Overall, our programme will allow us to address a barrier between basic science and validated projects that drug discovery groups can adopt. The approaches will deliver both novel biological insight, and actionable approaches to novel ways of inhibiting CDKs for drug design.

Technical Summary

This programme will exploit our collaborations and strengths with CDK reagents, biochemical/biophysical assays, structural biology and small molecule and peptide chemistry to dissect the mechanisms by which CDKs regulate the cell cycle and transcription.

Our first aim is to advance understanding of the activity of CDK-containing complexes. To this end we will:
(i) Continue crystallographic and cryo-EM studies of CDK9-cyclin T-containing and p27KIP1-CDK2-cyclin A-containing complexes
(ii) Initiate crystallization trials of CDK11 and CDK11-cyclin L/D3 complexes.
(iii) Use structural and biophysical techniques to define the cyclin K-SETD1A interaction.
(iv) Carry out crystallographic fragment ("FragLite") screens against (i) CDK4/6-cyclin D1/3 complexes and (ii) CDK2-cyclin E. We will assess the functional significance of hotspots identified in this way by directed mutagenesis followed by cell free (SPR, ITC, HTRF) and cell-based assays for known protein partners. We will use affinity purification mass spectrometry to identify new interactors and initiate structural studies for tractable and biologically significant protein interactions identified.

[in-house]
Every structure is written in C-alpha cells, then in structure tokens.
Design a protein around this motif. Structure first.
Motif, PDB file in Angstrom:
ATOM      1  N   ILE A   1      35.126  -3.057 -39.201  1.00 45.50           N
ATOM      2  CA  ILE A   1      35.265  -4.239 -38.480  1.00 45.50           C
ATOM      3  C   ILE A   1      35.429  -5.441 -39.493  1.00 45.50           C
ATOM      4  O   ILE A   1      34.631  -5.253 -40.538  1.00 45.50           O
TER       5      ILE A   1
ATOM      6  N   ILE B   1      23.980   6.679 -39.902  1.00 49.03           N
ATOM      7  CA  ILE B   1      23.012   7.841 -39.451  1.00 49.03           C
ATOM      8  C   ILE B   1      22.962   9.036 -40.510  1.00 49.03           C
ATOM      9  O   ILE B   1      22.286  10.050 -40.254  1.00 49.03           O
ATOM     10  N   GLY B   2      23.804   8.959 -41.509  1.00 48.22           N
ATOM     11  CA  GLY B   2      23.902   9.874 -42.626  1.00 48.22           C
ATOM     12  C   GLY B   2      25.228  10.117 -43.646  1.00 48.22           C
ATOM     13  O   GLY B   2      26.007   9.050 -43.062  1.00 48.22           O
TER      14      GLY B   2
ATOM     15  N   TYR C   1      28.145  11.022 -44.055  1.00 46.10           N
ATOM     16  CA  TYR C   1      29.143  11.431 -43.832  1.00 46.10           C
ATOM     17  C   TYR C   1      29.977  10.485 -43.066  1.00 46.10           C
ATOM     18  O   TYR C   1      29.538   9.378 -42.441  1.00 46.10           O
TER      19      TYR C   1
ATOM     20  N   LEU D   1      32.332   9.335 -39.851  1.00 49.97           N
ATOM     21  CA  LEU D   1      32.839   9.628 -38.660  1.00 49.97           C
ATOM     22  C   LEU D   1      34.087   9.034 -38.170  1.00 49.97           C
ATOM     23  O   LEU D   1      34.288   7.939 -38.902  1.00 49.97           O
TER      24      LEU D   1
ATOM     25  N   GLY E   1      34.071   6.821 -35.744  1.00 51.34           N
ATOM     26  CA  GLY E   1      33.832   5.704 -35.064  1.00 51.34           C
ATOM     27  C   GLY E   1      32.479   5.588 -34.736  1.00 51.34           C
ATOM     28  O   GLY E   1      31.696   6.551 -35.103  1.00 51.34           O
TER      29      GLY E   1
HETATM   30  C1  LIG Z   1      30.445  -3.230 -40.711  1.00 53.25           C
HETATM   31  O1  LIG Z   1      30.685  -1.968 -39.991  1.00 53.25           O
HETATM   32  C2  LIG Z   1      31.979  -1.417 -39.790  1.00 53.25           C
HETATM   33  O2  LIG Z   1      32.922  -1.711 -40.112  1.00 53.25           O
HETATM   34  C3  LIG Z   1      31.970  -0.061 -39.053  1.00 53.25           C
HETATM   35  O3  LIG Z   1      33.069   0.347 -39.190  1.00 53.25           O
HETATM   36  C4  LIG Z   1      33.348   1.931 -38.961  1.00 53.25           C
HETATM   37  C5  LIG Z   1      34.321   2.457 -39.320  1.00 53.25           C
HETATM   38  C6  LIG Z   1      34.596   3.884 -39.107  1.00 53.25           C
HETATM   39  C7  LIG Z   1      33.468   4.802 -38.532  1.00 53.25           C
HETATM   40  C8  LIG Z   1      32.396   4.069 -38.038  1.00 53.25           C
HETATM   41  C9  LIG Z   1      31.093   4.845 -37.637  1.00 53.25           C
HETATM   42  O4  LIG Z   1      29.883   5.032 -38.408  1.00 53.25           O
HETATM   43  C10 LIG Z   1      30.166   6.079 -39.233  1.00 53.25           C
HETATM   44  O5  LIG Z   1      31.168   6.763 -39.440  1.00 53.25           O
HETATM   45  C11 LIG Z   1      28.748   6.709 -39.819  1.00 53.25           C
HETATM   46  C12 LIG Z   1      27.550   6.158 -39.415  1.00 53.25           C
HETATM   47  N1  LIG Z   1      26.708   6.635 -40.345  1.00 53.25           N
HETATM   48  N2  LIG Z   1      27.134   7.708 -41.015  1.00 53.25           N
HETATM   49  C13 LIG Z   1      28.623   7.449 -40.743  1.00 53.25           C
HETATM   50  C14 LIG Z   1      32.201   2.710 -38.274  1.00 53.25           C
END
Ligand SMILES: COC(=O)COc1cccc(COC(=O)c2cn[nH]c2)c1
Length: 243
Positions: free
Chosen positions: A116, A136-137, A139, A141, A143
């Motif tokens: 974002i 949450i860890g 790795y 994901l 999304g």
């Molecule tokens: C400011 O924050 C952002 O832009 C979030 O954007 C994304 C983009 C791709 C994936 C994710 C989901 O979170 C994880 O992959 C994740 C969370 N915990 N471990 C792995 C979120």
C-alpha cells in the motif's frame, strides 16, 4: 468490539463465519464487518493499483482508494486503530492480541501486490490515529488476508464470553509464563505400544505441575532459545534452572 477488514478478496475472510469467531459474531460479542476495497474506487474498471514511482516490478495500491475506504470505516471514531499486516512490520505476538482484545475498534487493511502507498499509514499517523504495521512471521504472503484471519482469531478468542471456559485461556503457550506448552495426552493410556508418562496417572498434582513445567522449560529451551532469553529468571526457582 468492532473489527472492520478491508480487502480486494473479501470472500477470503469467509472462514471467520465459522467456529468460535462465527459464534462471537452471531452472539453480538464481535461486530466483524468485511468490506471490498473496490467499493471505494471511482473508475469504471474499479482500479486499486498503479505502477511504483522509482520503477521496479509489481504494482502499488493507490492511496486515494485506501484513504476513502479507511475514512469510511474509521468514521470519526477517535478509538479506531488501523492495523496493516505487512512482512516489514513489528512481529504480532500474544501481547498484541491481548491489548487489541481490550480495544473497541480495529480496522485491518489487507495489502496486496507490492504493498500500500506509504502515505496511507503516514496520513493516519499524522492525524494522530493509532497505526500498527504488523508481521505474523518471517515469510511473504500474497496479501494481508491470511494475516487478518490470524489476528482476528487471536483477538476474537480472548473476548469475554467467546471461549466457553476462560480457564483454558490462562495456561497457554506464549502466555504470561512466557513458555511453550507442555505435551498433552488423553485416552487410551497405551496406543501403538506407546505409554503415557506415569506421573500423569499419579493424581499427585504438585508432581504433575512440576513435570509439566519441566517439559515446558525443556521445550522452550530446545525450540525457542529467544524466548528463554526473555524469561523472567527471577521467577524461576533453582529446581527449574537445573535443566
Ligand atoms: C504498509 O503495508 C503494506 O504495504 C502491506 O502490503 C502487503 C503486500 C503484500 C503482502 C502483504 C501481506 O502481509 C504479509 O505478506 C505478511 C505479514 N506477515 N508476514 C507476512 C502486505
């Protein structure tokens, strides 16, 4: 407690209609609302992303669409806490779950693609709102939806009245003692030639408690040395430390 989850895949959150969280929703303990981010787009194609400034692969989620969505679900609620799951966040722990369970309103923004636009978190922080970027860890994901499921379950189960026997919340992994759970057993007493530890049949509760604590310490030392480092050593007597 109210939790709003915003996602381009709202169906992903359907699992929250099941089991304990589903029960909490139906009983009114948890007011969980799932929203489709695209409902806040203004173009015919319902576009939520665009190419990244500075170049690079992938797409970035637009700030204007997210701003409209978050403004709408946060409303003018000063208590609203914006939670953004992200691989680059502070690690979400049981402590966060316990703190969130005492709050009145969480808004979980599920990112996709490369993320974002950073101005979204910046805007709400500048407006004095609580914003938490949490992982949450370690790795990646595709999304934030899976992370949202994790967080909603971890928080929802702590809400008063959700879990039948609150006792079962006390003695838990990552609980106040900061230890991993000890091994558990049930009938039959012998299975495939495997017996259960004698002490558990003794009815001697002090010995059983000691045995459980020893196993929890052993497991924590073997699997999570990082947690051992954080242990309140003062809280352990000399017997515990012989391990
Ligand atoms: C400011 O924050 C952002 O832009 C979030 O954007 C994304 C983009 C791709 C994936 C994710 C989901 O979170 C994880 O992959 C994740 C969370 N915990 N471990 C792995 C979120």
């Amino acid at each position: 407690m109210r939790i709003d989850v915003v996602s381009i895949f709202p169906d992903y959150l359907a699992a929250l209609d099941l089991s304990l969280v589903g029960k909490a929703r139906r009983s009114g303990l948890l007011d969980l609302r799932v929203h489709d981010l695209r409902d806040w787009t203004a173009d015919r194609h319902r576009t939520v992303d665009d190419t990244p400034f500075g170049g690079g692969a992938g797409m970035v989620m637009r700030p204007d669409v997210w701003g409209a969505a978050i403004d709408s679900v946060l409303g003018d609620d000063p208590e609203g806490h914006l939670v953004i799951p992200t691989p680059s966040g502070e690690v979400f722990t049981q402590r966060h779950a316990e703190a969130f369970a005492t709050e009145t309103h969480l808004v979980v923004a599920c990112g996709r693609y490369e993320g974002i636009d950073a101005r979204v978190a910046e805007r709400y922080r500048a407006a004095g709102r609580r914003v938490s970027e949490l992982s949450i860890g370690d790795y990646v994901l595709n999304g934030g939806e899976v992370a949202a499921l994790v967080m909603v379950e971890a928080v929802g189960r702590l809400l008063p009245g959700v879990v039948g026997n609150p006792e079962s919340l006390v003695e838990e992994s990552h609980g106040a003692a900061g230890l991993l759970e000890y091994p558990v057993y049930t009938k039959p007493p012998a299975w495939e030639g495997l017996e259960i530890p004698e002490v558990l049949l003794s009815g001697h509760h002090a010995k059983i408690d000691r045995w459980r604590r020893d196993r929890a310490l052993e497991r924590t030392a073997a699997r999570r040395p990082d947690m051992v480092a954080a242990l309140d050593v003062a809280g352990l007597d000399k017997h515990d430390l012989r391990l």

Our second aim is to exploit structural insight into CDK-cyclin complexes to develop hypotheses for allosteric and PPI approaches to drug discovery. To this end we will:
(i) Exploit our FragLite map of cyclin T to generate molecular and chemical tools to dissect the impact of specific cyclin T interactions on P-TEFb-dependent transcriptional programs. We will compare the effects of this approach to that of conventional CDK9 inhibitors and use this workflow to guide studies to follow up our FragLite screen of cyclin K.
(ii) Carry out mRNA-display screens to identify potent CDK11 and cyclin L, CDK4, CDK6 and CDK-cyclin D3, and cyclin K-specific cyclic peptides. This work will enable functional studies to identify and characterise CDK and cyclin protein binding sites and roles.